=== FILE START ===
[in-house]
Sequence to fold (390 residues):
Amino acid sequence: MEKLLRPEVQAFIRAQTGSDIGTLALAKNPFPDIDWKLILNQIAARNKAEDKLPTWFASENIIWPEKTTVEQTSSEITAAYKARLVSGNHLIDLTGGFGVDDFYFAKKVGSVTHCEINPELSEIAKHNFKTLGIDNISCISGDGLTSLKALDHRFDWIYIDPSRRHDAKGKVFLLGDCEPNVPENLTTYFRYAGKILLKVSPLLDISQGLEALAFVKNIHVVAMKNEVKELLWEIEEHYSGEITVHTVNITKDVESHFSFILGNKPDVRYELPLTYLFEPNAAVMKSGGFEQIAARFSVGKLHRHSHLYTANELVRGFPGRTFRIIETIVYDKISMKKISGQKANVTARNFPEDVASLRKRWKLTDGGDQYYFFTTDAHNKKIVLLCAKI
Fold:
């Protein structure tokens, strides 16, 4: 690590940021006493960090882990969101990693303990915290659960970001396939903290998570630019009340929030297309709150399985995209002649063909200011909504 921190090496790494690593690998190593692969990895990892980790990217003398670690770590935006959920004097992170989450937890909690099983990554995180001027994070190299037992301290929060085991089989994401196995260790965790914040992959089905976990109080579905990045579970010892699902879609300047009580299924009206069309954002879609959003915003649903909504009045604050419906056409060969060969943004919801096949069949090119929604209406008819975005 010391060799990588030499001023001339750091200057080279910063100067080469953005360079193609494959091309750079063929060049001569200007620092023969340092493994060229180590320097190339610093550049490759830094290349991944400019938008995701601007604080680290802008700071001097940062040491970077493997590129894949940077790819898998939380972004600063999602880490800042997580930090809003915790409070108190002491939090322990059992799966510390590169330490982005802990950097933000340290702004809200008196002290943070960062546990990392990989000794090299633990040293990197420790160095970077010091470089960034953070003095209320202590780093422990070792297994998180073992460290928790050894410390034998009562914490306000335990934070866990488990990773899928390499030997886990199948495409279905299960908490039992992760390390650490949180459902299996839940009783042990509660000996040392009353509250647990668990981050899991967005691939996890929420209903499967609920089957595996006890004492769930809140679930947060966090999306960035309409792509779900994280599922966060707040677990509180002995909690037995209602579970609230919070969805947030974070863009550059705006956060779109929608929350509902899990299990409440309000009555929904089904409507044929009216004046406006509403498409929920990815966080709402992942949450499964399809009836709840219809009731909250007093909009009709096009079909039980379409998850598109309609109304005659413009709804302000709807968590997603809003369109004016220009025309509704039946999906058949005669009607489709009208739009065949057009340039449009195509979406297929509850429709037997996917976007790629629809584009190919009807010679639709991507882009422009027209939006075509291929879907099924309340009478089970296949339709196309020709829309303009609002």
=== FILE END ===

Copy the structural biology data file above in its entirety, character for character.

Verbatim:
[in-house]
Sequence to fold (390 residues):
Amino acid sequence: MEKLLRPEVQAFIRAQTGSDIGTLALAKNPFPDIDWKLILNQIAARNKAEDKLPTWFASENIIWPEKTTVEQTSSEITAAYKARLVSGNHLIDLTGGFGVDDFYFAKKVGSVTHCEINPELSEIAKHNFKTLGIDNISCISGDGLTSLKALDHRFDWIYIDPSRRHDAKGKVFLLGDCEPNVPENLTTYFRYAGKILLKVSPLLDISQGLEALAFVKNIHVVAMKNEVKELLWEIEEHYSGEITVHTVNITKDVESHFSFILGNKPDVRYELPLTYLFEPNAAVMKSGGFEQIAARFSVGKLHRHSHLYTANELVRGFPGRTFRIIETIVYDKISMKKISGQKANVTARNFPEDVASLRKRWKLTDGGDQYYFFTTDAHNKKIVLLCAKI
Fold:
């Protein structure tokens, strides 16, 4: 690590940021006493960090882990969101990693303990915290659960970001396939903290998570630019009340929030297309709150399985995209002649063909200011909504 921190090496790494690593690998190593692969990895990892980790990217003398670690770590935006959920004097992170989450937890909690099983990554995180001027994070190299037992301290929060085991089989994401196995260790965790914040992959089905976990109080579905990045579970010892699902879609300047009580299924009206069309954002879609959003915003649903909504009045604050419906056409060969060969943004919801096949069949090119929604209406008819975005 010391060799990588030499001023001339750091200057080279910063100067080469953005360079193609494959091309750079063929060049001569200007620092023969340092493994060229180590320097190339610093550049490759830094290349991944400019938008995701601007604080680290802008700071001097940062040491970077493997590129894949940077790819898998939380972004600063999602880490800042997580930090809003915790409070108190002491939090322990059992799966510390590169330490982005802990950097933000340290702004809200008196002290943070960062546990990392990989000794090299633990040293990197420790160095970077010091470089960034953070003095209320202590780093422990070792297994998180073992460290928790050894410390034998009562914490306000335990934070866990488990990773899928390499030997886990199948495409279905299960908490039992992760390390650490949180459902299996839940009783042990509660000996040392009353509250647990668990981050899991967005691939996890929420209903499967609920089957595996006890004492769930809140679930947060966090999306960035309409792509779900994280599922966060707040677990509180002995909690037995209602579970609230919070969805947030974070863009550059705006956060779109929608929350509902899990299990409440309000009555929904089904409507044929009216004046406006509403498409929920990815966080709402992942949450499964399809009836709840219809009731909250007093909009009709096009079909039980379409998850598109309609109304005659413009709804302000709807968590997603809003369109004016220009025309509704039946999906058949005669009607489709009208739009065949057009340039449009195509979406297929509850429709037997996917976007790629629809584009190919009807010679639709991507882009422009027209939006075509291929879907099924309340009478089970296949339709196309020709829309303009609002």